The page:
U.S. Attorney Bryan Schroder, the District of Alaska attorney, has released additional details on statewide efforts to address the public safety crisis in rural Alaska. Those came through a press release on Thursday, September 12.
The Emergency Federal Law Enforcement Assistance program awarded $6 million to the Department of Public Safety (DPS) in July. Those were made available after Attorney General William Barr declared a “law enforcement emergency in Alaska” last spring. That funding is meant for infrastructure projects, like holding cells or office space, and is expected to be available in early October. According to the release, the DPS is working to develop a grant solicitation process so that tribes and communities can apply for a portion of those funds when they become available.
The Alaska Police Standards Counsel is trying to respond to the crisis by reaching out more to rural communities. Bob Griffiths, executive director of the counsel, says they have been able to reach about half of the roughly 115 communities eligible to be served by Village Police Officers (VPOs). He wants to create a dialogue with rural communities:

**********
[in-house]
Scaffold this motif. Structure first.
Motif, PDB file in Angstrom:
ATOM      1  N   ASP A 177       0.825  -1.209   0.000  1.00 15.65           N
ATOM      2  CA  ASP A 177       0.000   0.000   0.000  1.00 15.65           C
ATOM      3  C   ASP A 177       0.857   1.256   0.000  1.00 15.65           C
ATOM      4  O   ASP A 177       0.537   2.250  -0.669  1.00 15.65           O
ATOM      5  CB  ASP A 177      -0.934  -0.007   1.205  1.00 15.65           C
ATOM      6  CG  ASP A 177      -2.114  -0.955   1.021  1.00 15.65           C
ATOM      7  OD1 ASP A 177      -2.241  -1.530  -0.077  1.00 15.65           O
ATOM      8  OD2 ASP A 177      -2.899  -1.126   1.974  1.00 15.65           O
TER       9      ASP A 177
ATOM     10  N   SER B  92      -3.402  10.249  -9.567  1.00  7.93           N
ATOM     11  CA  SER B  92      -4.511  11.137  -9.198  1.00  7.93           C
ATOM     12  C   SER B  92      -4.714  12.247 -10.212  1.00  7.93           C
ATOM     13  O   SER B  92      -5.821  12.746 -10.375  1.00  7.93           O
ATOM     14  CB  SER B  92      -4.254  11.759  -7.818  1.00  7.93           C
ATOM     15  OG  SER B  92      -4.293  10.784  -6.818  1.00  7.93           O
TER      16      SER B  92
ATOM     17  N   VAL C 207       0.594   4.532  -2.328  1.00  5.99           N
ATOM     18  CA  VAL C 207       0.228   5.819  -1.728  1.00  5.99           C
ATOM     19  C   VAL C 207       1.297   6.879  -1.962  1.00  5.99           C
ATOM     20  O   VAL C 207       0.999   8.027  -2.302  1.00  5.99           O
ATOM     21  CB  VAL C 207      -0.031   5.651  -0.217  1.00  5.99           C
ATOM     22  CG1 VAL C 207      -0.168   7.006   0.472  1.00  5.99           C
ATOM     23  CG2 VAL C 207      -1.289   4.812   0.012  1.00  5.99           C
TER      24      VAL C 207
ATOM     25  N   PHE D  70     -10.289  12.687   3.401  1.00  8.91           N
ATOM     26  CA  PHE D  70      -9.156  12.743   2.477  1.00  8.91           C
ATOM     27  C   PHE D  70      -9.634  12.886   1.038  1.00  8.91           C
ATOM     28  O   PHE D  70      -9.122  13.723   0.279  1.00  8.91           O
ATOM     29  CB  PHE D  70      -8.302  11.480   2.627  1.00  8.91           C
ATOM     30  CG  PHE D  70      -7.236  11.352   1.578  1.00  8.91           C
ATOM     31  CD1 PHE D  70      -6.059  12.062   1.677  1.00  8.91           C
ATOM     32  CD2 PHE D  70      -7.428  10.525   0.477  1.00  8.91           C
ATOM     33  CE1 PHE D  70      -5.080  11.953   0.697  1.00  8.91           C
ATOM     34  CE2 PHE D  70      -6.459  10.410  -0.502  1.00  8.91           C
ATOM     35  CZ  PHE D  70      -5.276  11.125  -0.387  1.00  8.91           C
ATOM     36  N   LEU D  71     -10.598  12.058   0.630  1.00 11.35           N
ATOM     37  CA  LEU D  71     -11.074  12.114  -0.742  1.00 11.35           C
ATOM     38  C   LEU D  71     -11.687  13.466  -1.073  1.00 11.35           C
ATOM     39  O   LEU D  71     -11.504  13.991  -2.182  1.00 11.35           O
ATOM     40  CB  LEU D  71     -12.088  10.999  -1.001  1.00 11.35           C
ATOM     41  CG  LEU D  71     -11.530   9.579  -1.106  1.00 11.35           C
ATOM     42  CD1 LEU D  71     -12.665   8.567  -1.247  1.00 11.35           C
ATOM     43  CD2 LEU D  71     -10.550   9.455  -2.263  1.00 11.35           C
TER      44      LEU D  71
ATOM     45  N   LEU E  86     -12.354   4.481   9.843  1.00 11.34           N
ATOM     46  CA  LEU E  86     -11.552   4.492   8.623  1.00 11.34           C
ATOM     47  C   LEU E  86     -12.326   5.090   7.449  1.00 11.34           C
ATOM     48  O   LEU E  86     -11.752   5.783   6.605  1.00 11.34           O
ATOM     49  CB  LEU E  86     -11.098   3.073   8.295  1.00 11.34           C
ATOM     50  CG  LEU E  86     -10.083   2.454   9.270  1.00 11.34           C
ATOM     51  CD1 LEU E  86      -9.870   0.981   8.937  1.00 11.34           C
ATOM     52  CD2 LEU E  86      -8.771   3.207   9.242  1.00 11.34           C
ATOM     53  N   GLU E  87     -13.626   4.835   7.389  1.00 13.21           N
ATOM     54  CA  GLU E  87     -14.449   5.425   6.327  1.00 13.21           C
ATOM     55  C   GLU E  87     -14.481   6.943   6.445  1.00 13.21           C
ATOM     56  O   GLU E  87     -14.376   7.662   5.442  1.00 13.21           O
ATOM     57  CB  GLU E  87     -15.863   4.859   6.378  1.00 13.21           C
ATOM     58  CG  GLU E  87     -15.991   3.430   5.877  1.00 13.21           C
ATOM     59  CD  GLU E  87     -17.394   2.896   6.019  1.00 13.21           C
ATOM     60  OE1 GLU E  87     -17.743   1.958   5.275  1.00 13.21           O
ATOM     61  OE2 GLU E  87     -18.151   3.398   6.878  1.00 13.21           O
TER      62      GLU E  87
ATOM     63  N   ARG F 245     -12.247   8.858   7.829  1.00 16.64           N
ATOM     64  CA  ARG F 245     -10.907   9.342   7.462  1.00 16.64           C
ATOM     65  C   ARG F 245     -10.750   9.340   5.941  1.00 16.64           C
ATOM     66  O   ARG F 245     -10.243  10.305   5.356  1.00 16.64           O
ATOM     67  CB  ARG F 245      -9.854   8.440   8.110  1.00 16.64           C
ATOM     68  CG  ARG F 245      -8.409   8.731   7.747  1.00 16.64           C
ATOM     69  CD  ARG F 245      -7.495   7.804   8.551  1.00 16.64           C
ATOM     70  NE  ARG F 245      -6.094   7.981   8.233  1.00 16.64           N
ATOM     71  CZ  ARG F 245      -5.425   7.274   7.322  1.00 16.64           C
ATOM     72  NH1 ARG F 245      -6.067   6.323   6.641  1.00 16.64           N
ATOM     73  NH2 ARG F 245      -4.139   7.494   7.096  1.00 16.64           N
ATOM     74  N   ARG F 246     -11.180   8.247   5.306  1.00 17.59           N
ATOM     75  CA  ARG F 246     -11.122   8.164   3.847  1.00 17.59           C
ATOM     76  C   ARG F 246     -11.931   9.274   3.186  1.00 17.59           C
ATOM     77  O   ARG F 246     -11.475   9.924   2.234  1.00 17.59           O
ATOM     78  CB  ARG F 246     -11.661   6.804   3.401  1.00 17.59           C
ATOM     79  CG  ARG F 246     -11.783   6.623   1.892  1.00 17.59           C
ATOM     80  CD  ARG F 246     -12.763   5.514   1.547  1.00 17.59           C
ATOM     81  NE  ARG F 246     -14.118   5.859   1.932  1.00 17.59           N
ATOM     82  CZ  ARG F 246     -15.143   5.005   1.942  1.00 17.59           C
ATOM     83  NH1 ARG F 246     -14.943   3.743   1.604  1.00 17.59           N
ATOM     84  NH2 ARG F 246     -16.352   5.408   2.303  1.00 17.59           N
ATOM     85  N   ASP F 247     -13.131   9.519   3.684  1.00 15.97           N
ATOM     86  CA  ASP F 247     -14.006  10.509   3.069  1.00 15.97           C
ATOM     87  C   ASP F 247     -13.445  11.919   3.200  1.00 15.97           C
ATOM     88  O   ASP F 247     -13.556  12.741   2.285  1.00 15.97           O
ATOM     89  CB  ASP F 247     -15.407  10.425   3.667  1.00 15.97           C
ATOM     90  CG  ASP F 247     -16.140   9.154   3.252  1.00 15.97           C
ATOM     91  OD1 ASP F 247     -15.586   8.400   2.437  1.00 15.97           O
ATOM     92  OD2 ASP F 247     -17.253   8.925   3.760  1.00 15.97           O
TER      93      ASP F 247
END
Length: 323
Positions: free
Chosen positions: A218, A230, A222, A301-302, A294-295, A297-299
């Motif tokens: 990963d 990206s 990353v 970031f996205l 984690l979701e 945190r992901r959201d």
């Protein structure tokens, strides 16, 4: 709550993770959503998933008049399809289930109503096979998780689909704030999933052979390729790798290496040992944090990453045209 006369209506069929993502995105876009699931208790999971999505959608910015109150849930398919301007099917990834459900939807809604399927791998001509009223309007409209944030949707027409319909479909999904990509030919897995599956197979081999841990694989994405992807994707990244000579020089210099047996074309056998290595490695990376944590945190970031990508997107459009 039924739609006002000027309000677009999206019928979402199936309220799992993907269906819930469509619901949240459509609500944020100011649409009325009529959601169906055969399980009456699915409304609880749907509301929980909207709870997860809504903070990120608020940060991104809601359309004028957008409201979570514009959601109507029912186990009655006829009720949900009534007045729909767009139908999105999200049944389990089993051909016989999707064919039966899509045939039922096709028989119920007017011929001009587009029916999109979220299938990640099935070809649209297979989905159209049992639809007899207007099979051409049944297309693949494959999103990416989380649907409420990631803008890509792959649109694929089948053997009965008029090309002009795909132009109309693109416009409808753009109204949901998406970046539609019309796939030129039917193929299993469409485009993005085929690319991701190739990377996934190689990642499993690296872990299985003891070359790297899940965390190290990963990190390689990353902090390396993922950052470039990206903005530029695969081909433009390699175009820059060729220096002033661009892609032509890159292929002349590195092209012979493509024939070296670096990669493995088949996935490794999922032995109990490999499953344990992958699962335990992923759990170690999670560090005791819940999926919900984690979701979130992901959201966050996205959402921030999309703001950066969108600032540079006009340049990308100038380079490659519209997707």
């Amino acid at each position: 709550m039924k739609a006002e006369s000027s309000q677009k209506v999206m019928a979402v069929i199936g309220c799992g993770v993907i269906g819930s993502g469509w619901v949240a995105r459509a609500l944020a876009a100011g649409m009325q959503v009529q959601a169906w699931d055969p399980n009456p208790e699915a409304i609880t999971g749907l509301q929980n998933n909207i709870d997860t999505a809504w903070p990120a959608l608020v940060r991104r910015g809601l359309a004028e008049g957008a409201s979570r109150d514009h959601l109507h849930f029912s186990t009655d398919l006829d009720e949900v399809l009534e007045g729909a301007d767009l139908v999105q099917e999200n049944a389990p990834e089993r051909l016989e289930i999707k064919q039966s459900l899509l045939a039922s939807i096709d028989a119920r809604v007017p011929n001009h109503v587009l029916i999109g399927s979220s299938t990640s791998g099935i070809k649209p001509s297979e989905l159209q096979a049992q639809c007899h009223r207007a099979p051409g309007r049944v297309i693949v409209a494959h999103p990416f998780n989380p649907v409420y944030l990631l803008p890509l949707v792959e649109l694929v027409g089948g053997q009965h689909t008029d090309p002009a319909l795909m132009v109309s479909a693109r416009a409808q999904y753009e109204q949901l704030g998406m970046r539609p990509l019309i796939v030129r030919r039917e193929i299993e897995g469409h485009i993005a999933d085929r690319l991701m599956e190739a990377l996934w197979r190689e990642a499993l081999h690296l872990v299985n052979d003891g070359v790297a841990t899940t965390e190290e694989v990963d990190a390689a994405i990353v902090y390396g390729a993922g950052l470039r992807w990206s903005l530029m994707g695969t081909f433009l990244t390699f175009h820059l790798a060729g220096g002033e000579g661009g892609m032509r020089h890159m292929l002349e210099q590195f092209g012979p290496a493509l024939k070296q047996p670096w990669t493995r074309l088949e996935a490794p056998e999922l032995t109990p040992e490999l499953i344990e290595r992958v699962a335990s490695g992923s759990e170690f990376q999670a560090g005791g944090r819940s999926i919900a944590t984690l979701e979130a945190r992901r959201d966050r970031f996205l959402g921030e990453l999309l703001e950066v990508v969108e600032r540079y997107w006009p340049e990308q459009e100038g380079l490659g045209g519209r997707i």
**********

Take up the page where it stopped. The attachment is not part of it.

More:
“And assure that they’re aware that we’re there to assist them as they try to hire and staff village police officer positions. We’re there to help them screen applicants and assure that they meet the state’s minimum criteria. And to provide them with training or at least assist them in getting that training.”
Those interested in serving rural Alaska may not have to go so far out of the region. The release announced that Yuut Elitnaurviat in Bethel is adding an additional academy for VPOs and tribal police officers.
In addition to the $6 million in emergency funds, an extra $5 million is being dispersed throughout selected communities for hiring, equipping and training of VPOs. That comes through the Tribal Resources Grant Program, part of the DOJ’s Office of Community Oriented Policing Services.
Image at top: David Dodman, KNOM file.